For the past few years, the Seoul property was arguably the best investment you hadn’t considered. Strong demand and soaring prices created a great opportunity. However, after nine rounds of government intervention, the searing real estate market in Seoul may be growing cold.
South Korea has some of the most foreign-ownership friendly laws in all of Asia when it comes to real estate. Seoul is naturally the hub of property investment activity as the country’s capital and largest population centre. Apartments are the preferred unit type for many investors as these are in high demand from renters.
It is estimated that up to 90 percent of the Seoul metropolitan area population in their 20s and 30s are renters. Even with the unusual Jeonse renting process found in the country, property investors can be confident that their unit is unlikely to sit empty.
Market stability is also something that makes the Seoul property market attractive. Even the impeachment of former President Park Geun-hye in 2017 and the looming threat of North Korea weren’t enough to dent in rising home prices.
The real estate market was resistant to President Moon Jae-in’s attempts to cool it as well. Government measures enacted since he took office in 2017 included more home loan restrictions and the creation of anti-speculation zones in Seoul that have stringent regulations in place. It took far longer than the government had hoped, but the frigid January weather brought with it signs that the Seoul property market was beginning to cool off.
When 2018 came to a close, the Korea Appraisal Board found that Seoul apartment prices rose by 8.22 percent from the previous year. This was the highest price increase in 12 years and concluded a hot streak that no one seemed able to derail.
Perhaps the most surprising news came in the first quarter of 2018 when Seoul became the top luxury property market in the world on Knight Frank’s Prime Global Cities Index for Q1 2018. The city jumped over Guangzhou to claim the top spot thanks in large part to a staggering 24.7 percent annual price growth.
Seoul’s Gangnam district saw some of the most significant home price jumps. Information from the Korea Appraisal Board found that the average apartment price in Gangnam increased by nearly KRW 200 million (USD 178,000) between May 2016 and May 2018.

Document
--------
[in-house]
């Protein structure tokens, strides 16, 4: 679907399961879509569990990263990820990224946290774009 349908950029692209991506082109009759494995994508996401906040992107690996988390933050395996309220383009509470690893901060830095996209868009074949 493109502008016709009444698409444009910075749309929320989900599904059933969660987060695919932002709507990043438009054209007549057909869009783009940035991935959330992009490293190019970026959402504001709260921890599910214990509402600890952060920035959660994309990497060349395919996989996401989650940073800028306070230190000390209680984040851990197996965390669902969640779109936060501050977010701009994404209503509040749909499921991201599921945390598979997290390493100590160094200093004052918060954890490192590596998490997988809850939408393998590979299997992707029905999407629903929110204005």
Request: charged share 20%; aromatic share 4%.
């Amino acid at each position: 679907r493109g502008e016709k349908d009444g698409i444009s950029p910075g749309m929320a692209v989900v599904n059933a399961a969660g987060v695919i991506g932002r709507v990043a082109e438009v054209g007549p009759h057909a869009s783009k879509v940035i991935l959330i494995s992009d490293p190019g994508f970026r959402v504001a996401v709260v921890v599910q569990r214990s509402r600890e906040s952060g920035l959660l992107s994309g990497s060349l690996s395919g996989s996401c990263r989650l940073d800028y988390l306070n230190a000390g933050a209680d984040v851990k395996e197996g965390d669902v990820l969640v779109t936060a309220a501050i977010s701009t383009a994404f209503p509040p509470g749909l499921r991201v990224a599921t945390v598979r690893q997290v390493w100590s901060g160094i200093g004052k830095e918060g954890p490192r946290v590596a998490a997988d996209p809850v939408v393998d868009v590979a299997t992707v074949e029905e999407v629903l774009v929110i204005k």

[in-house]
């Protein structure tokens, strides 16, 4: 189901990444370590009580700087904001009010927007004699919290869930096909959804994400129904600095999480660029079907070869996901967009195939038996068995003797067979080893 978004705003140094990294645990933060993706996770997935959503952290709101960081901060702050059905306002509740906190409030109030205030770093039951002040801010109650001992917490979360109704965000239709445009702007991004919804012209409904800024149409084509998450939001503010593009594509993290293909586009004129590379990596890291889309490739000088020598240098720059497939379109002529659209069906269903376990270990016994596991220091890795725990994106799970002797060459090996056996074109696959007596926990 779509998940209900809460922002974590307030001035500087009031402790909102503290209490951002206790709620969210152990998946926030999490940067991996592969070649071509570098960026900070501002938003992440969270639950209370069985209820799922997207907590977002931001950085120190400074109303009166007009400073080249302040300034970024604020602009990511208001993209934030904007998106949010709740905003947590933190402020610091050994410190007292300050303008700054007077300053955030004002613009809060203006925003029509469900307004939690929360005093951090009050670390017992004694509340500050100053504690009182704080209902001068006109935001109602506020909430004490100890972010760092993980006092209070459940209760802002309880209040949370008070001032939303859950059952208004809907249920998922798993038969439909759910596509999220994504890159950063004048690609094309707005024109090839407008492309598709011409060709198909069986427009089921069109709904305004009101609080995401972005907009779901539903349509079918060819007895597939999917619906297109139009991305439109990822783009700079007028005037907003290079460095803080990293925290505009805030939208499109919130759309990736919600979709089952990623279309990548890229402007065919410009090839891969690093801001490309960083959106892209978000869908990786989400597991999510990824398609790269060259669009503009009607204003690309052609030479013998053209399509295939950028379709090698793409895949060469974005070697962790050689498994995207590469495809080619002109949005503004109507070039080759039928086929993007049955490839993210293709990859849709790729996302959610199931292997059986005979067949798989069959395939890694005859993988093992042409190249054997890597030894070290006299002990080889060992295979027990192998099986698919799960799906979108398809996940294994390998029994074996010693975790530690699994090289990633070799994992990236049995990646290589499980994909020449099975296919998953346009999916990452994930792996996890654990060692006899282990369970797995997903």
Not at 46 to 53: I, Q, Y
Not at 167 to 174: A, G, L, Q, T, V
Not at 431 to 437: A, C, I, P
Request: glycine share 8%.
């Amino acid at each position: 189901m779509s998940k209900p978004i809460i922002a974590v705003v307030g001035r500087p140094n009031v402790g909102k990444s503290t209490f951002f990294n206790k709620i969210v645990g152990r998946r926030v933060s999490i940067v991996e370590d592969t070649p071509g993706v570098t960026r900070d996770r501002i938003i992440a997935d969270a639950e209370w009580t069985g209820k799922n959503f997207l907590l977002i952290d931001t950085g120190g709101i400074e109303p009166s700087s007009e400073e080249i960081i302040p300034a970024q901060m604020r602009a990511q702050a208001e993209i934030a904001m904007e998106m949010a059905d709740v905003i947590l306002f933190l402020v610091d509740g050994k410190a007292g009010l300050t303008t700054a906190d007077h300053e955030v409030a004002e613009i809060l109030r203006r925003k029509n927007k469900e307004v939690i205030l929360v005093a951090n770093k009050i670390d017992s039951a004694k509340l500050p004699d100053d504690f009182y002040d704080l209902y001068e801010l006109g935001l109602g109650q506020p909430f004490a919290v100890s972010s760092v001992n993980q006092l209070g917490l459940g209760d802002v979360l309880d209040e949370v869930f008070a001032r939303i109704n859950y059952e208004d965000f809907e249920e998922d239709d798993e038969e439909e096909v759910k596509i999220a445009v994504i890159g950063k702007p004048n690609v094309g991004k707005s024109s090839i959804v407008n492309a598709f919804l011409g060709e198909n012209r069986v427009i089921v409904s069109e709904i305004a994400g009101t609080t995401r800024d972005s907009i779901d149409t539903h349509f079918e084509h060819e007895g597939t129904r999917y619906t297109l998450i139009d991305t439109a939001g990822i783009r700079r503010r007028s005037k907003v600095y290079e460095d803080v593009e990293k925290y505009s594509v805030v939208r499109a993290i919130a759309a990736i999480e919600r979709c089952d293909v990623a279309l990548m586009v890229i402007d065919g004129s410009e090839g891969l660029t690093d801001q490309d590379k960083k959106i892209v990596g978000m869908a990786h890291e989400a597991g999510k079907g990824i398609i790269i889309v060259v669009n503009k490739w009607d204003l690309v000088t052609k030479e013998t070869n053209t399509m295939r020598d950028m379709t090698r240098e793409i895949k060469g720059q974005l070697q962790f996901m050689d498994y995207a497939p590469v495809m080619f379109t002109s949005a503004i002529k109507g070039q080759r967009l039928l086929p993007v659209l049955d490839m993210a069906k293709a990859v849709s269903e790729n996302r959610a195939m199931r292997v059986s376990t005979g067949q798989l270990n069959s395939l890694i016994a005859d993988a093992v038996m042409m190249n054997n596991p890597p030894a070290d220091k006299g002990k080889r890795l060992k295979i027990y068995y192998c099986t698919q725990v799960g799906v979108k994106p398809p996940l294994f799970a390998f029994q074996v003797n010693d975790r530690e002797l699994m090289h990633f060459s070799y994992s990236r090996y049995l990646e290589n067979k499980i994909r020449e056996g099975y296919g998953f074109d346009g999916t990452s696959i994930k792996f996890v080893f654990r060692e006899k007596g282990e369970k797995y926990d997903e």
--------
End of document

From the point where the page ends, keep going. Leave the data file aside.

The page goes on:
So, what led to all this? Most experts point to one action as the root cause.
The Bank of Korea implemented eight rounds of interest rate cuts between 2012 and 2016. An article in The Korea Timespointed out that the rate cuts have helped spur home prices and household debt in the country to record levels. More people took out loans to buy homes with everything boiling over in the first half of last year.
Temperature check for the Seoul property market
January temperatures in Seoul dip below freezing with regularity. And while the property market hasn’t yet fallen to those chilly depths, cooling has begun, at least in the short term.
The tide started to turn in December when Seoul apartment prices fell for the first time in over a year, albeit only declining by a tenth of a percent. Meanwhile, the Ministry of Land, Infrastructure and Transport reported that home sales fell dramatically in January of 2019, dropping by 8.9 percent.
The apartment sector was the hardest hit, falling to a six-year low in terms of transactions, according to statistics from the Seoul Metropolitan Government. Most experts believe transactions will be subdued throughout 2019, but are less certain about home prices.
A pair of recent reports from KB Financial Group surveyed financial experts and real estate professionals. The findings of the reports were mixed. Nearly 60 percent of the financial experts asked thought Seoul property prices would increase in 2019. However, the realtors disagreed with 70 percent believing Seoul home prices would drop this year. However, both groups predicted a decline in property transactions for Seoul this year.
The housing situation, coupled with a slowing economy and continued US-China trade war uncertainty, could have a far-reaching impact on South Korea.
“Elevated housing prices threaten severe growth downturns if prices reverse abruptly. Housing prices that have undergone sharp and sudden reversals, empirical studies showed, tended to be associated with longer and deeper slowdowns,” an Asian Development Bank representative told The Korea Times.